With respect to our credit reports, every single one of us has something in common. We all enjoy considerable rights under the Fair Credit Reporting Act or “FCRA.” One of those rights is to challenge information on our credit reports with which we disagree, like accounts, collections, or public records.
If you do choose to dispute credit entries there’s a chance they will be modified or removed. But, if an account is removed there’s no guarantee that the removal will be permanent. There are certain scenarios under which previously deleted accounts can be re-reported to your credit reports. It begs the question, why do deleted accounts sometimes reappear on consumer credit reports?
You may have been able to get something removed from your credit report because the credit reporting agency was not able to verify the item. If you file a dispute the credit bureaus generally have between 30-45 days to complete their investigation with the furnishing party. If, however, the furnishing party does not respond to the credit bureau’s request to investigate the disputed item then the credit bureaus will remove it as being unverifiable.
If, however, the furnisher (normally a financial services company or debt collector) eventually gets around to verifying the item then there’s no reason why it cannot be reinserted onto your credit reports. In fact, this process is formally referred to as reinsertion.
The credit bureaus have to notify you if an item has been reinserted. But absent a notice of reinsertion, you may be able to tell something has been reinserted because your FICO and VantageScore credit scores might have decreased because of the newly added item.
You have the right to circumvent the credit bureaus and go directly to the furnisher and ask them to correct or remove their credit entry. This is called a “direct dispute.” You may actually be able to convince the furnisher to manually remove their entry by using a form called an Automated Universal Dataform or “AUD.” An AUD is used to change or remove an item outside of a furnisher’s normal 30-day update process, which is why the AUD method is commonly referred to as an “off cycle” update/deletion.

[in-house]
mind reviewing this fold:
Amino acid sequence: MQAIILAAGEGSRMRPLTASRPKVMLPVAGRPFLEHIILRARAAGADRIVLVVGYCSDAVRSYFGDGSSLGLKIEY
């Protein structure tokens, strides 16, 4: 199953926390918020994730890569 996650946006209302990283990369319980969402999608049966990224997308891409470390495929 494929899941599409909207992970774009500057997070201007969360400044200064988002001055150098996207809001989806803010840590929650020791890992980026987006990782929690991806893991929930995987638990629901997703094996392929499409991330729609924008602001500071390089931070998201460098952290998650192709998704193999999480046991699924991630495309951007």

In order for the manual/off-cycle/AUD removal to be permanent is if the furnisher also stops reporting the account as part of their normal monthly update process. If the furnisher neglects to remove the account from their monthly update, it’s going to be re-reported and will likely reappear on a consumer’s credit report.
Consumers sometimes sue credit bureaus and furnishers and pursue their rights under the FCRA. In fact, FCRA lawsuit filings have set annual records every year since 2010, including in 2020 in the middle of a global pandemic. I have personal experience and a first-row seat to these FCRA lawsuits as I’ve been retained as an expert witness in over 600 of them.
The majority, as in the vast majority, of FCRA lawsuits, are disposed of long before trial. Either the case is dismissed, dropped, or settled. When cases are settled there’s always some sort of a settlement agreement where the two sides agree on the terms.
One of the common terms of FCRA settlements is an agreement by the furnisher to request the deletion of an allegedly incorrect credit entry. You’ll notice I used the word “request” in the prior sentence. That was on purpose. Furnishers of information can only ask that something be removed from a consumer’s credit reports. The credit bureaus are the ones that have to actually do the removing, which they always do.
If, however, the furnisher re-reports the item to the credit bureaus then it will be reinserted on a consumer’s credit report. Again, this is a disconnect between the terms of a settlement agreement and the actions taken by the furnisher to make sure they don’t accidentally re-report an account that caused them to be sued in the first place.
These three reasons for reinsertion are in reverse order from a commonality perspective. FCRA lawsuit numbers are pretty low relative to the number of consumer disputes that do not result in litigation. And, furnishers generally do a pretty good job not accidentally re-reporting a previously removed item. It’s the “post investigation” verifications that are the most common, although that’s not to suggest they are generally common.
If you want to make sure an item that was previously removed stays removed then you’ll want to check your credit reports from time to time. You can do that for free every week through April 2022 at AnnualCreditReport.com. You’ll be able to check all three of your reports through that website.